Rich lister Sir Owen Glenn has donated $50,000 to National and Labour - and offered money to New Zealand First but was told it wasn't wanted.

Electoral Commission returns show Sir Owen's company Go Bloodstock New Zealand Limited gave $50,000 to the National Party on September 21, and just two days before the election.

Labour Party general secretary Andrew Kirton confirmed the same amount had been donated to Labour. Kirton told the Herald he had filed a return with the commission today.

And a spokeswoman for NZ First leader Winston Peters confirmed money had been offered to the party by Sir Owen, but was declined.

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In 2008 Peters famously held up a "NO" placard at a media conference, in answer to whether he had received a donation from Sir Owen.

Winston Peters during a media conference at Parliament in 2008, where he denied Owen Glenn had given money to New Zealand First. New Zealand Herald Photograph by Mark Mitchell
Winston Peters during a media conference at Parliament in 2008, where he denied Owen Glenn had given money to New Zealand First. New Zealand Herald Photograph by Mark Mitchell

He was later censured by Parliament for "knowingly providing false or misleading information on a return of pecuniary interests". The matter related to $100,000 donated by Sir Owen and paid to Peters' lawyer to fund Peters' legal costs of challenging the election of Bob Clarkson in Tauranga in 2005.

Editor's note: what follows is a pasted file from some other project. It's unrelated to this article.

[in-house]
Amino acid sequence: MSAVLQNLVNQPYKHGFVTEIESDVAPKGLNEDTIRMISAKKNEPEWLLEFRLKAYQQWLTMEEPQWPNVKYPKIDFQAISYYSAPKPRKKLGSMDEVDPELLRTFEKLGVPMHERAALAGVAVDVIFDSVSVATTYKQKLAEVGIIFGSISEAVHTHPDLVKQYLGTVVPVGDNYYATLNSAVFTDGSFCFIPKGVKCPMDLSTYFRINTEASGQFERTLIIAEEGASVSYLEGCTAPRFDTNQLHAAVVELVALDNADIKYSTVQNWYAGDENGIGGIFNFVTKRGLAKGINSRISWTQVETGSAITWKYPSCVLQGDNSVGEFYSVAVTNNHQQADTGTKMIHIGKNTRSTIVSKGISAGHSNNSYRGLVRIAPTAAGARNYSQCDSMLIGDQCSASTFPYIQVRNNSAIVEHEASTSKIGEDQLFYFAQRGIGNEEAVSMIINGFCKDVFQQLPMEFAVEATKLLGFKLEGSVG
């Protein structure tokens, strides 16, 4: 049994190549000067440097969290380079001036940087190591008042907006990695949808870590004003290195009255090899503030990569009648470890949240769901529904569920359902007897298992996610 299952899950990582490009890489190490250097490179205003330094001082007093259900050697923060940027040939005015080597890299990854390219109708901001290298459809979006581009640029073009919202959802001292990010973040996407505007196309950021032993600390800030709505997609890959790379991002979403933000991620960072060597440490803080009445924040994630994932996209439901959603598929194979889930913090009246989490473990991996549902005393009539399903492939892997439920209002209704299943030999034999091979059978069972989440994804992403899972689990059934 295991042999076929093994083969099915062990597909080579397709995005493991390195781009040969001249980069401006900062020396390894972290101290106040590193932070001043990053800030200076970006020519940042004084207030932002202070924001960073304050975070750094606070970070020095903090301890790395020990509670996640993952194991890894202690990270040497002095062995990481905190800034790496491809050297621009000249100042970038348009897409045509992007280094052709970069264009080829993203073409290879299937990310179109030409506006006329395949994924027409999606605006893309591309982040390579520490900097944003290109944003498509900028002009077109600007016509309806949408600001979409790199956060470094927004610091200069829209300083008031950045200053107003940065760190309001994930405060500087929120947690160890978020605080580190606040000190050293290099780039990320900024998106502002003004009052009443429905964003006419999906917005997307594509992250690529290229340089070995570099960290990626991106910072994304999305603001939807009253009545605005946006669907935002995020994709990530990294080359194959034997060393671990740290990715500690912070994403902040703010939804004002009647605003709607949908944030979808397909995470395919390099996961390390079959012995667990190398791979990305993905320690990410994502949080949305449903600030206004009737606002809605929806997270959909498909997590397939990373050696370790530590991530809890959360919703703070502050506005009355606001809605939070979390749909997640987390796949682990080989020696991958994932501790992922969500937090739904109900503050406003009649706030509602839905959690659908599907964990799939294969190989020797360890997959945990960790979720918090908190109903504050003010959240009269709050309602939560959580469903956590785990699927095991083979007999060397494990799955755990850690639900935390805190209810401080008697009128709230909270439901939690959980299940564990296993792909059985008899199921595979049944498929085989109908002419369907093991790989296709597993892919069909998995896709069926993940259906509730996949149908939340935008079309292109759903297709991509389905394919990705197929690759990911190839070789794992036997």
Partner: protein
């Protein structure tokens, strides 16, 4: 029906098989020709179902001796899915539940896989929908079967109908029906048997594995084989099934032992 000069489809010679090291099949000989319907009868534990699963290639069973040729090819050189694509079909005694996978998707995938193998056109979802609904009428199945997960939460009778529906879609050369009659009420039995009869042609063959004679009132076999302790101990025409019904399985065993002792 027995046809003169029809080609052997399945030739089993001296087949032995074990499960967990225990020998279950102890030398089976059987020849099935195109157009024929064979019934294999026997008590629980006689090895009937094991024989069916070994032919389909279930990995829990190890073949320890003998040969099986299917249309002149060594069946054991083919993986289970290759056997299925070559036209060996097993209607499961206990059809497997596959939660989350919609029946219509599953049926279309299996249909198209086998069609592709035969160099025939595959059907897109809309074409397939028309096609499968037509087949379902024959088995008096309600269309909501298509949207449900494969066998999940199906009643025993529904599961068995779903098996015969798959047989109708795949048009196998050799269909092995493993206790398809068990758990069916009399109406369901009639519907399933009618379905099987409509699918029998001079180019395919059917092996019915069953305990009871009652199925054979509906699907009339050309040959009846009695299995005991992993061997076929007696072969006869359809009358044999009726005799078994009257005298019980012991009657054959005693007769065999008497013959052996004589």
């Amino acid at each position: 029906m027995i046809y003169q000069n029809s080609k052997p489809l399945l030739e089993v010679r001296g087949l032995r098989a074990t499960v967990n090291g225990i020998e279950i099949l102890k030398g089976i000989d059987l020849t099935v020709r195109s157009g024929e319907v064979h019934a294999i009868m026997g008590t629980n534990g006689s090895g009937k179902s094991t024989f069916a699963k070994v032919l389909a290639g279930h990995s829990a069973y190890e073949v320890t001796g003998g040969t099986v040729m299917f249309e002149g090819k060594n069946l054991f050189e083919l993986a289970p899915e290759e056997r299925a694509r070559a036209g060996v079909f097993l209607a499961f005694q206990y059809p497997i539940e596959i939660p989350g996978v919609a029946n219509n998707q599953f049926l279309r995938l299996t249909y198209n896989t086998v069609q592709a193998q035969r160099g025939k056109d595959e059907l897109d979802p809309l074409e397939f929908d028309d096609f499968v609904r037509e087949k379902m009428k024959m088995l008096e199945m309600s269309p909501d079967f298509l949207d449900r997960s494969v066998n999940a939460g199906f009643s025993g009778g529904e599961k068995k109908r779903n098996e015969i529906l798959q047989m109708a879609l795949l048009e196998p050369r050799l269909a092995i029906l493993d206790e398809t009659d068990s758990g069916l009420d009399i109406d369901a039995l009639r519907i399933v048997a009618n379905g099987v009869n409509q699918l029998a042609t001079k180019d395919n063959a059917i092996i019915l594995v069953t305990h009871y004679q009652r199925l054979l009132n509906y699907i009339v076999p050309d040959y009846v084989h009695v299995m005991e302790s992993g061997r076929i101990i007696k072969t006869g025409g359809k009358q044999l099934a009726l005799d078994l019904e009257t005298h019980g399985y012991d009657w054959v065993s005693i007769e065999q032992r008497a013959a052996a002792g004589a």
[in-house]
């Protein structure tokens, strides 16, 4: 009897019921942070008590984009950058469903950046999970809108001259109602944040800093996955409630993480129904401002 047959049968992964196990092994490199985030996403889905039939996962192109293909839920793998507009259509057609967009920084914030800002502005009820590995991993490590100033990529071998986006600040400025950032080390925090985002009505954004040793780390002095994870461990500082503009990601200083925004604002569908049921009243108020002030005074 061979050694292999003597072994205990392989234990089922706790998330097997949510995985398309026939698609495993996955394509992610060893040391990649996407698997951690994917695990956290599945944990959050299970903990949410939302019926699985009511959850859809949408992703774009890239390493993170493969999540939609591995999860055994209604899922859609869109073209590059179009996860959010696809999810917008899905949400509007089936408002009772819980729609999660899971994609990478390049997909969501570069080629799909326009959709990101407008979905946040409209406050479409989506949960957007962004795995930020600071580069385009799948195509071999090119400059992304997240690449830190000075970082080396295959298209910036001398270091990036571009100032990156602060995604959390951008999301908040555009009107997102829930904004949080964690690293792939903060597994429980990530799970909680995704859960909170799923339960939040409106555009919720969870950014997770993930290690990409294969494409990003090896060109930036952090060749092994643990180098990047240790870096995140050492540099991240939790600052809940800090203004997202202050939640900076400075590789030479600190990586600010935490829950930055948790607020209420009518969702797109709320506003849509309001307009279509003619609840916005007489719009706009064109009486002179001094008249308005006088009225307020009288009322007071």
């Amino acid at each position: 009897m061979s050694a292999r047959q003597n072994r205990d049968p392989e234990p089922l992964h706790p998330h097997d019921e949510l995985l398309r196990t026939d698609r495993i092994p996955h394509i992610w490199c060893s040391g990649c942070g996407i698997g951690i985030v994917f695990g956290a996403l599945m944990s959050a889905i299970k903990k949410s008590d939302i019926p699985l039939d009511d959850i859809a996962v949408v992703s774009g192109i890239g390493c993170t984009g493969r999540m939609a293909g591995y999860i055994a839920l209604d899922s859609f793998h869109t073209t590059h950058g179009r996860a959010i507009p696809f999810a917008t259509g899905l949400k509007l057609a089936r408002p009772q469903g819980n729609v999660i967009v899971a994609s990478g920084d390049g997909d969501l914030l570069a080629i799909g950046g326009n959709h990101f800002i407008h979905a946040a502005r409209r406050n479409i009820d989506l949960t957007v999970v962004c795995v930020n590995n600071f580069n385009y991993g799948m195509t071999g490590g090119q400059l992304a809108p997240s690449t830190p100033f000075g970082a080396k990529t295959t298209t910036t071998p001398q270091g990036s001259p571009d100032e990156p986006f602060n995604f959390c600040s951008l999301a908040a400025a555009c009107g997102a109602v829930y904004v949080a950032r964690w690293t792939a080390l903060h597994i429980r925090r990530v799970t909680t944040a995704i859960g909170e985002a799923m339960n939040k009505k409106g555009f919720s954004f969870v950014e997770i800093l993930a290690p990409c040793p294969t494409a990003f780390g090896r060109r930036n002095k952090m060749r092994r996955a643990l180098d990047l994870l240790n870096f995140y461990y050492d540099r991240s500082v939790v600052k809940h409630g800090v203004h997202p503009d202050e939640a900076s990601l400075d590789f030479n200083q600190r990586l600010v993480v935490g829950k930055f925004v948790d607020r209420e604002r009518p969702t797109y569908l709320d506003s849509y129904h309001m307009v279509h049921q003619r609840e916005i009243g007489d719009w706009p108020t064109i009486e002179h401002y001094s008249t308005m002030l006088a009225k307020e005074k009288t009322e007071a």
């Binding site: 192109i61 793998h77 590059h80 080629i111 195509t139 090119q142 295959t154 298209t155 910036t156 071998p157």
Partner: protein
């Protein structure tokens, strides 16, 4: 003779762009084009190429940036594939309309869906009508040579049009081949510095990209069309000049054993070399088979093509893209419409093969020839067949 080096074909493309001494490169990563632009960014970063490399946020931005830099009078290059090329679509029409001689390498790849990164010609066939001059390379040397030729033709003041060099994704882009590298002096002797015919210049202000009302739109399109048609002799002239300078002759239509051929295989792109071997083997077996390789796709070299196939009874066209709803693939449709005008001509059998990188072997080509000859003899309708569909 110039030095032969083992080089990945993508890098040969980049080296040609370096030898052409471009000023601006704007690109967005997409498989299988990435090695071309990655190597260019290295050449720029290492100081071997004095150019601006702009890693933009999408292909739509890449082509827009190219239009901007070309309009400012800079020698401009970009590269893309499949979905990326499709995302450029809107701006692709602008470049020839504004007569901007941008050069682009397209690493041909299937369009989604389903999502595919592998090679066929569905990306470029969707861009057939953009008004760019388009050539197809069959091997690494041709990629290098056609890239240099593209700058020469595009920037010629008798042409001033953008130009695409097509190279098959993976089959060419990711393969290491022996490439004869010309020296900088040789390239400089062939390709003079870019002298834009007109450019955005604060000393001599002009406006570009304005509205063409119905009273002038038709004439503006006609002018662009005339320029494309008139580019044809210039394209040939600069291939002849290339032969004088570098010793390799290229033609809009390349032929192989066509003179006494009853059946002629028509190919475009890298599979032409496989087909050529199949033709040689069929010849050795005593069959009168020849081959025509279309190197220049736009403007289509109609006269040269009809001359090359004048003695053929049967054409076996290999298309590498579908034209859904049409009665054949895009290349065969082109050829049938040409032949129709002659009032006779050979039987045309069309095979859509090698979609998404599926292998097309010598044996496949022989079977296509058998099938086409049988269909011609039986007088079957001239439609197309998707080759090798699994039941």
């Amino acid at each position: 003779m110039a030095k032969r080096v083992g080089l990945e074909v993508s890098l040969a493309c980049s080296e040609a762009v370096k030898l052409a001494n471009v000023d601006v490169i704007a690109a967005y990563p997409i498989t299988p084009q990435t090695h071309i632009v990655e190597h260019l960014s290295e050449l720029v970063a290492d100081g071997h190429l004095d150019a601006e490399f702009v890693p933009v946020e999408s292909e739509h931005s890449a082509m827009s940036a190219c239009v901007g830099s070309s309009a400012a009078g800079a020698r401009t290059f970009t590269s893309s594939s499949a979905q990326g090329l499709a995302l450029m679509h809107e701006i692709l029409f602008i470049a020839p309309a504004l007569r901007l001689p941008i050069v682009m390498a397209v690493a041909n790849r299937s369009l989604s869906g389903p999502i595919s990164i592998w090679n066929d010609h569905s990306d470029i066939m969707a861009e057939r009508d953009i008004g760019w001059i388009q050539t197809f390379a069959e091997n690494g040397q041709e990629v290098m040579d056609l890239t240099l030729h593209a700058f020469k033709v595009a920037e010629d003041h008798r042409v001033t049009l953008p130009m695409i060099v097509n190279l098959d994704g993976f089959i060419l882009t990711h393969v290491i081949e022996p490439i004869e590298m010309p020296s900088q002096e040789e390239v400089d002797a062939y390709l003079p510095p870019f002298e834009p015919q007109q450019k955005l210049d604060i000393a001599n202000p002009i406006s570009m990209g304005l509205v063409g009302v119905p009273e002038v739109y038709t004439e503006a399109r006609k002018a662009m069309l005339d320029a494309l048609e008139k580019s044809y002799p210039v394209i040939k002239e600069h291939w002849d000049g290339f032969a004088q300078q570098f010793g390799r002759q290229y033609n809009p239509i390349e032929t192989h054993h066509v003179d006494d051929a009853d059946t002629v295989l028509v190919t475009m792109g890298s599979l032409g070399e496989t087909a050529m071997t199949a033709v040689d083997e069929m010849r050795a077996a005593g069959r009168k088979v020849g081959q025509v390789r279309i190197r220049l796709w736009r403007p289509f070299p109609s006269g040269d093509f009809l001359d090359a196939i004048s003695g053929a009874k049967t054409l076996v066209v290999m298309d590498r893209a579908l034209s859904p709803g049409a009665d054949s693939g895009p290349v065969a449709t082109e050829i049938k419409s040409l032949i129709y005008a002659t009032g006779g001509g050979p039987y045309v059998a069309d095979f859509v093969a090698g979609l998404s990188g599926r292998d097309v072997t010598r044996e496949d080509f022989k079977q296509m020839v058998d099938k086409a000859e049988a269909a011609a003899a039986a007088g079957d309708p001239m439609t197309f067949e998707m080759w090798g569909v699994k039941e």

Sir Owen was estimated to be worth $400 million in the 2016 NBR Rich List and made his fortune in freight and logistics, largely in Europe and the US.

His philanthropy included starting an inquiry into domestic abuse that struggled after revelations surfaced that Sir Owen had been accused of assaulting a woman in Hawaii in 2002. He pleaded no contest to the charges at the time and later described the alleged assault as attempted extortion and "pure fraud".

Maori Party president donates thousands

The Electoral Commission returns also show Maori Party president Tukoroirangi Morgan gave $43,000 to the party in the lead-up to the election.

The party won't return to Parliament after co-leader Te Ururoa Flavell lost the Waiariki seat to Labour's Tamati Coffey.

The Maori Party has also declared donations from Susan Cullen (a total of $82,511) and Tamati Cairns ($30,000).

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Cullen is a previous Maori Party candidate and the daughter of former Te Wananga o Aotearoa head Rongo Wetere. In 2005 Cullen released details of multi-million dollar contracts her companies had with the wananga, ahead of an auditor-general investigation that found inadequate management of conflicts of interest.